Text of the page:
GOOD

Debunking the Data Behind Those “Top Cities for Singles” Lists

Can you really quantify affairs of the heart?

The personal finance website NerdWallet recently crunched some numbers to create a list of the top cities in America for love-seeking singles. The site relied on city-level data from the U.S. Census Bureau about marriage status, median income, and the number of date-friendly businesses, such as restaurants and bars, along with a city’s walkability measure and the average cost of dinner and a movie. Boston claimed the No. 1 spot, while Minneapolis came in at No. 10. Washington, D.C., Cleveland, Atlanta, and Seattle all found spots in between.


[quote position="left" is_quote="true"]We all want to be loved. And everybody loves a good list. But perhaps we share these stories because we’re fascinated by hard data’s ability to reveal matters of the heart. [/quote]

The publication also created separate top 20 city lists for single women and single men based on gender ratios; a city with more men than women works in women’s favor, and vice versa. By this metric, single women should leave their hearts in San Francisco, while men are better off in Baltimore.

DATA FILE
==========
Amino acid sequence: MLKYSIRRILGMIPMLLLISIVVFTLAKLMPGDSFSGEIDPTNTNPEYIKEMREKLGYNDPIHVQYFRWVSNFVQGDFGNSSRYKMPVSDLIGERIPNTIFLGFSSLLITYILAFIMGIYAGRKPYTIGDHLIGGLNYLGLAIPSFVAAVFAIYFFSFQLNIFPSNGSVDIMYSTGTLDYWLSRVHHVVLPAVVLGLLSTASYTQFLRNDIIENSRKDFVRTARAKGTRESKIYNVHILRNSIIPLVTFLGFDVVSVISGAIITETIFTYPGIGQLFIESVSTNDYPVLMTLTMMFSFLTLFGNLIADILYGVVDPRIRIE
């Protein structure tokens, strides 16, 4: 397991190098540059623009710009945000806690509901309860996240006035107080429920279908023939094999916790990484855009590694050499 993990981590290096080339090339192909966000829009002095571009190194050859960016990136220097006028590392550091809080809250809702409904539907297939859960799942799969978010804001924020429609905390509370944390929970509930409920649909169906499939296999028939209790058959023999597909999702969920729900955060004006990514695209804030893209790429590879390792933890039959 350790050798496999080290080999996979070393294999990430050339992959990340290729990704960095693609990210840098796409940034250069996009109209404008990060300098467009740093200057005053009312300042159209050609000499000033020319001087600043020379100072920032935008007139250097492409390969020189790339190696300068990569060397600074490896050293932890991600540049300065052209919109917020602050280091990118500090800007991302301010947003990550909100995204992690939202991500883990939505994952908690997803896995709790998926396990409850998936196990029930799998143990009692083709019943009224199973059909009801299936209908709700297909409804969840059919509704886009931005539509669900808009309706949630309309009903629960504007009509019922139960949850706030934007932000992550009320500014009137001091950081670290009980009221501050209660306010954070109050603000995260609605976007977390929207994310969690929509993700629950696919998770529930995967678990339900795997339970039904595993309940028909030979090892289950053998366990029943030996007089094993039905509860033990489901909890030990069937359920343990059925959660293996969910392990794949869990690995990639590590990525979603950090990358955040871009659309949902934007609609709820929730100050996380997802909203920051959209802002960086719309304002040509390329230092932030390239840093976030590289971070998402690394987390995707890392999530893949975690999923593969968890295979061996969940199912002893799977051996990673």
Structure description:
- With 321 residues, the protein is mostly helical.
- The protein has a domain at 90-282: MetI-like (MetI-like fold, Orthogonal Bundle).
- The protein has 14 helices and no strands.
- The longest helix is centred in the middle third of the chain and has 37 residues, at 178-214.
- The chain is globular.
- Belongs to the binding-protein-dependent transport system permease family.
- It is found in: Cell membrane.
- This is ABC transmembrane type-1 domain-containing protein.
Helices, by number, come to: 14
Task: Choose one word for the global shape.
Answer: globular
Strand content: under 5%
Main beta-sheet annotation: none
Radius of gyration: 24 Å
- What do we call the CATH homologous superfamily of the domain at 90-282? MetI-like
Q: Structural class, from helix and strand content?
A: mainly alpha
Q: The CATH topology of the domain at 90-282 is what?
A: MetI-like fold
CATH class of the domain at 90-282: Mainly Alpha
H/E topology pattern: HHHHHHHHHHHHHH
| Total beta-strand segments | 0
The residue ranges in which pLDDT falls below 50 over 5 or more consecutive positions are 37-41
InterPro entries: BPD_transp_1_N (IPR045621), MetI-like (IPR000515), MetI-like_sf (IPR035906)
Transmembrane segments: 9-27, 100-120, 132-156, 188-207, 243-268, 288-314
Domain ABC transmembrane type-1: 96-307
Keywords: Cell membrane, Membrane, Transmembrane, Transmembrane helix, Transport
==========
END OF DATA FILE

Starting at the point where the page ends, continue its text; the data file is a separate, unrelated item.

Fine metropolises all. But if you’re single and living in, say, D.C., are 70 percent of the residents really ready to swipe right? Not exactly. There are a lot of hidden nuances in the data—and other data sources to consider.

For instance, Pew Research Center has its own take on the best cities for single women, which factors in both male-female ratios and employment status. Nationwide, the number of employed single men is far lower than the total number of women. This is an important gap, because nearly 80 percent of women say they’re looking for a male partner with a job. The single scene looks less sunny, while in tech-centric San Jose, Calif., the top metro area for single women, there are 114 single employed men for every 100 single women.

Everyone, especially Facebook, loves being able to turn affairs of the heart into something they can quantify.

It turns out that NerdWallet cast an awfully wide net for singles, capturing everyone unmarried over age 15. Let’s skip over the teenagers and focus on the millennials, because they’re the ones of average marrying age. According to Pew, 24 percent of singles age 25–34—millennials all—actually live with a romantic partner. They’re not so single after all. Another third live with their parents—cohabitation with Mom or Dad can put a big cramp on dating.